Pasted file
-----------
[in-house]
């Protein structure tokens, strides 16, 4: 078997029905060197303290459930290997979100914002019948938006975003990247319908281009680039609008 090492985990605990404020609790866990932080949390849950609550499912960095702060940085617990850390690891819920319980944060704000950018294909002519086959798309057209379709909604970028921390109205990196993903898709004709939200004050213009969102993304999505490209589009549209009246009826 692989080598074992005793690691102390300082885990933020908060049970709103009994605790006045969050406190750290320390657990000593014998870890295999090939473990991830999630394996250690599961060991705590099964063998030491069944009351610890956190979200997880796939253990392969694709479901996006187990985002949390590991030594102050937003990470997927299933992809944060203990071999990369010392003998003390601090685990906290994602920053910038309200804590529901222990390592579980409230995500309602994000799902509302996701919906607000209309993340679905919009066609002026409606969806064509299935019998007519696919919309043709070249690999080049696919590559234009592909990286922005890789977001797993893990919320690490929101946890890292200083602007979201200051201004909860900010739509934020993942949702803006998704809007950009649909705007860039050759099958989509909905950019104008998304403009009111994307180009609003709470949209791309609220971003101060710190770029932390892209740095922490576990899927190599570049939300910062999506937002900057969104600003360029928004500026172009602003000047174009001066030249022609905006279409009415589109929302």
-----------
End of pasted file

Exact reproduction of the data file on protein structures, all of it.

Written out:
[in-house]
């Protein structure tokens, strides 16, 4: 078997029905060197303290459930290997979100914002019948938006975003990247319908281009680039609008 090492985990605990404020609790866990932080949390849950609550499912960095702060940085617990850390690891819920319980944060704000950018294909002519086959798309057209379709909604970028921390109205990196993903898709004709939200004050213009969102993304999505490209589009549209009246009826 692989080598074992005793690691102390300082885990933020908060049970709103009994605790006045969050406190750290320390657990000593014998870890295999090939473990991830999630394996250690599961060991705590099964063998030491069944009351610890956190979200997880796939253990392969694709479901996006187990985002949390590991030594102050937003990470997927299933992809944060203990071999990369010392003998003390601090685990906290994602920053910038309200804590529901222990390592579980409230995500309602994000799902509302996701919906607000209309993340679905919009066609002026409606969806064509299935019998007519696919919309043709070249690999080049696919590559234009592909990286922005890789977001797993893990919320690490929101946890890292200083602007979201200051201004909860900010739509934020993942949702803006998704809007950009649909705007860039050759099958989509909905950019104008998304403009009111994307180009609003709470949209791309609220971003101060710190770029932390892209740095922490576990899927190599570049939300910062999506937002900057969104600003360029928004500026172009602003000047174009001066030249022609905006279409009415589109929302």